Video: Romney's First TV Ad Hits Obama

Posted: Nov 22, 2011 9:25 AM

You read about it on the homepage last night, now here's the actual video.  This is the first television (read: not web) ad of the 2012 cycle, which is hitting New Hampshire's airwaves starting today:

It's pretty textbook stuff -- hit your opponent on his rhetoric and record, then pivot to an upbeat and positive message about your vision for the country.  Whether you like Romney or not (on that note, you may be interested in my forthcoming story in Townhall Magazine), one of his undeniable strengths is his team's excellent ad men. You know who else is circulating a pretty decent spot?  Michele Bachmann.  The not-so-subtle message?  All of my opponents are untrustworthy RINOs:

Notice who doesn't get a mention: Guys like Huntsman and Santorum.  In other words, Bachmann is punching up.  The 'no surprises' tag line might be pretty effective for her if a lot of voters didn't already believe that she herself is rather prone to, um, surprises.  Incidentally, mentioning Santorum reminds me to post a video from the little-watched, untelevised social issues forum from over the weekend.  In this clip, Santorum mentions the health struggles of his seventh child in the context of discussing abortion and health care policy.  This is a powerful story (grab some Kleenex):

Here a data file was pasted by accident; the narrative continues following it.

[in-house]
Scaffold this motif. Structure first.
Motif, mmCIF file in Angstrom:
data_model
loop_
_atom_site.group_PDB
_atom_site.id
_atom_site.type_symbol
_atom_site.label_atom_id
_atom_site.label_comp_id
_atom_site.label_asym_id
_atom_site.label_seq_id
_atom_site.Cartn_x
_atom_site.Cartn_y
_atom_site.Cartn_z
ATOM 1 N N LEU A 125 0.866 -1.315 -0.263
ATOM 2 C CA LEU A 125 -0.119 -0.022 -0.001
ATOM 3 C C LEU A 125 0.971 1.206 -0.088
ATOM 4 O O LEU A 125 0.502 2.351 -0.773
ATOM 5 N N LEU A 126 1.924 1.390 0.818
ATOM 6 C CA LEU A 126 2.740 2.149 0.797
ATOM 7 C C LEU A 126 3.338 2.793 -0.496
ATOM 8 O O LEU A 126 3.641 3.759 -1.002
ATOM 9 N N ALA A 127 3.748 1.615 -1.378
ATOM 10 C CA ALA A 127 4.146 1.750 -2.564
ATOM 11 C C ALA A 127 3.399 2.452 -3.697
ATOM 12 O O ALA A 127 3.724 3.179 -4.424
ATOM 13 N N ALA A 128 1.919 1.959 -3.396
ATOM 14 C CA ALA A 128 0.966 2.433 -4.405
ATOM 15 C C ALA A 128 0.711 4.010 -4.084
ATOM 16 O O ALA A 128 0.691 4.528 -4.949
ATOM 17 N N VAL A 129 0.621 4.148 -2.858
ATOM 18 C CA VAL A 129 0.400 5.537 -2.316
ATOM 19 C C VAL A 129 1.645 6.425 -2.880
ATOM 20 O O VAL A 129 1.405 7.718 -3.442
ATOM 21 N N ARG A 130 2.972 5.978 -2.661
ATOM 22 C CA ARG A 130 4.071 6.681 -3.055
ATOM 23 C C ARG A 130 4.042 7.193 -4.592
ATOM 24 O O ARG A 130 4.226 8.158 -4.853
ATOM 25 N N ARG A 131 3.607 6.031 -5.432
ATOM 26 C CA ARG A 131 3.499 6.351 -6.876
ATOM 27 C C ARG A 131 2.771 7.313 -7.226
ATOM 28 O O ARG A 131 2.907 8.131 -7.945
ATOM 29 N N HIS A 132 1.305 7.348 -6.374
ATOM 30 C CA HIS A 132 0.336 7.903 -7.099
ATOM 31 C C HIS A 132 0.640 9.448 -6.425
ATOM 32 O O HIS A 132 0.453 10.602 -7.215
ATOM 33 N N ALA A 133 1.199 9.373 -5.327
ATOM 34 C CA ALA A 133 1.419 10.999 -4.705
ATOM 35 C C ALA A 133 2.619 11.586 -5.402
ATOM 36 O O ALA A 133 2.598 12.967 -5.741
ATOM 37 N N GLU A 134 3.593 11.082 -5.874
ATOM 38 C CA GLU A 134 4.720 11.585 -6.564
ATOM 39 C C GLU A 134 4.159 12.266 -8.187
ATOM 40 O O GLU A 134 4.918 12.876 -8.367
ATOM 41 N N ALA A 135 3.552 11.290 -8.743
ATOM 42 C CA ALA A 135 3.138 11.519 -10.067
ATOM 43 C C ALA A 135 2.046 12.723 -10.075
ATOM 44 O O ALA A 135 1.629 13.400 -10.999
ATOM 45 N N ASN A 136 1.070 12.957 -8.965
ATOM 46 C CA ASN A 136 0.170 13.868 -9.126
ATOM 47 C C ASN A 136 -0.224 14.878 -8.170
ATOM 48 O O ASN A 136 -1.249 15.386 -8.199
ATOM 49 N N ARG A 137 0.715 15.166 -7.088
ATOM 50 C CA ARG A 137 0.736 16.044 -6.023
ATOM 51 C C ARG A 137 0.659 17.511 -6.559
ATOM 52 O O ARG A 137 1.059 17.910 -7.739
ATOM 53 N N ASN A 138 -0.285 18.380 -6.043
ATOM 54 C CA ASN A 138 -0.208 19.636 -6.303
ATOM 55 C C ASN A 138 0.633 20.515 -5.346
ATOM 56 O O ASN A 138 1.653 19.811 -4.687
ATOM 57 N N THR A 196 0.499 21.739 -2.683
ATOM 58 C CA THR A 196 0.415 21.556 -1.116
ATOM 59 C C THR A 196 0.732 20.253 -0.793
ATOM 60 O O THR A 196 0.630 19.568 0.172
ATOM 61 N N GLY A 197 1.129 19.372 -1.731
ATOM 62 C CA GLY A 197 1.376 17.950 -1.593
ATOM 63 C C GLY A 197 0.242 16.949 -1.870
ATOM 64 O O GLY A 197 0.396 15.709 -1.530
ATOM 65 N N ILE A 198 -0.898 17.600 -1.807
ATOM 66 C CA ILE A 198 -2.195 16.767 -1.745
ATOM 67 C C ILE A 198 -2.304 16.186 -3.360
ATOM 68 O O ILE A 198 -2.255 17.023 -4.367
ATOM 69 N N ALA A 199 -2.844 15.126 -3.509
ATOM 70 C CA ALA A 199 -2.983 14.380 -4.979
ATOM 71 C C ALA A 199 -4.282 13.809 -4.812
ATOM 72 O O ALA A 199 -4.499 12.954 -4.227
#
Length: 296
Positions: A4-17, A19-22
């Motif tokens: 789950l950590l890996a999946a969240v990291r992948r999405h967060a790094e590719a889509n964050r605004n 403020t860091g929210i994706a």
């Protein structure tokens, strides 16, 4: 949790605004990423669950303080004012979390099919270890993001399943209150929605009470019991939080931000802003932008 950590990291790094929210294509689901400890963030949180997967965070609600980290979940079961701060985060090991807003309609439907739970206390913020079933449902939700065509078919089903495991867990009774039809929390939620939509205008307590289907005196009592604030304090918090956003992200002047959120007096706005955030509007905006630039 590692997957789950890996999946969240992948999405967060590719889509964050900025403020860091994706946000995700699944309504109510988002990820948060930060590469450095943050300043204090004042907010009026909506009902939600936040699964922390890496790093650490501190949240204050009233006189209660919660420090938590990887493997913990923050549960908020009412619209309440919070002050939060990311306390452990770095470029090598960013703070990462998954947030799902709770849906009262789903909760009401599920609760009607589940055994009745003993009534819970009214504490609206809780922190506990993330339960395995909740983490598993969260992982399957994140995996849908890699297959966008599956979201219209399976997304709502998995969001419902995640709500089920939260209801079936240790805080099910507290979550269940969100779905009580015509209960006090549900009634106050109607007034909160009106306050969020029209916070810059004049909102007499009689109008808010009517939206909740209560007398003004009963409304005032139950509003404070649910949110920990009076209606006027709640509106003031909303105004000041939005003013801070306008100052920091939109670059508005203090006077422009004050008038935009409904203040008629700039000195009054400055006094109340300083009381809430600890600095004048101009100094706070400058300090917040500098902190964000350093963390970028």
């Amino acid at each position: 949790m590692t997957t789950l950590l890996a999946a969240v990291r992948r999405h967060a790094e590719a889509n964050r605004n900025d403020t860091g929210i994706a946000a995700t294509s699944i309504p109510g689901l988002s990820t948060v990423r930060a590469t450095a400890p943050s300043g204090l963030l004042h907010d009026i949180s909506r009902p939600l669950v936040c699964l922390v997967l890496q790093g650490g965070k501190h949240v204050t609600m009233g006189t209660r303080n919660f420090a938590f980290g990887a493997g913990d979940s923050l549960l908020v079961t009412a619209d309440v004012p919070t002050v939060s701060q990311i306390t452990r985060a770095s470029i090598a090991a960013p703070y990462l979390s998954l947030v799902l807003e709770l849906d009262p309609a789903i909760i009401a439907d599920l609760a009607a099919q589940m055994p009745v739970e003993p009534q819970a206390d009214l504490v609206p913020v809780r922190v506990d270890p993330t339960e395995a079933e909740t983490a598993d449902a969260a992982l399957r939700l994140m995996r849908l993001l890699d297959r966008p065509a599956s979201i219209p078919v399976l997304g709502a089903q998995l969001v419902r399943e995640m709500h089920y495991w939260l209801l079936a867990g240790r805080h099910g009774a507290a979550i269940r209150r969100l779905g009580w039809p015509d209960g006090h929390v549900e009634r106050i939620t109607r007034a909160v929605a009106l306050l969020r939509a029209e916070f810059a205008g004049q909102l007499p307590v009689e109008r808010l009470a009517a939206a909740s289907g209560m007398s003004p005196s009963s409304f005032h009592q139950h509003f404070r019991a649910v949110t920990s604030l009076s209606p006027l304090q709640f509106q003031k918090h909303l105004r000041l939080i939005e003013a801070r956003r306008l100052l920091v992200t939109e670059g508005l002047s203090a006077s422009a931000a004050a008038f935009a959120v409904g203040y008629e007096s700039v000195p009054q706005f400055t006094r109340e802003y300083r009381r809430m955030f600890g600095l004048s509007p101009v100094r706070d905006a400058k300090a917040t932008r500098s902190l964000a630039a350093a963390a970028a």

This may have been Santorum's most memorable and moving moment in any debate.  Too bad so few people saw it.

UPDATE - Lefties are hopping mad because Romney's ad took some of Obama's words out of context.  The clip of The One saying "if we keep talking about the economy, we're going to lose," is candidate Obama quoting a McCain strategist during the last campaign.  Romney should have provided the context, or not used the clip...but the McCain advisor's appraisal in 2008 definitely applies to Obama's predicament in 2012.  Which is why Obama supporters would prefer to froth over the context of a Romney ad rather than discuss, say, the economy.

UPDATE II - ABC News' Jake Tapper reminds squealing Democrats of a much less honest ad Obama ran against John McCain, which was chock-full-o' quotes taken out of context.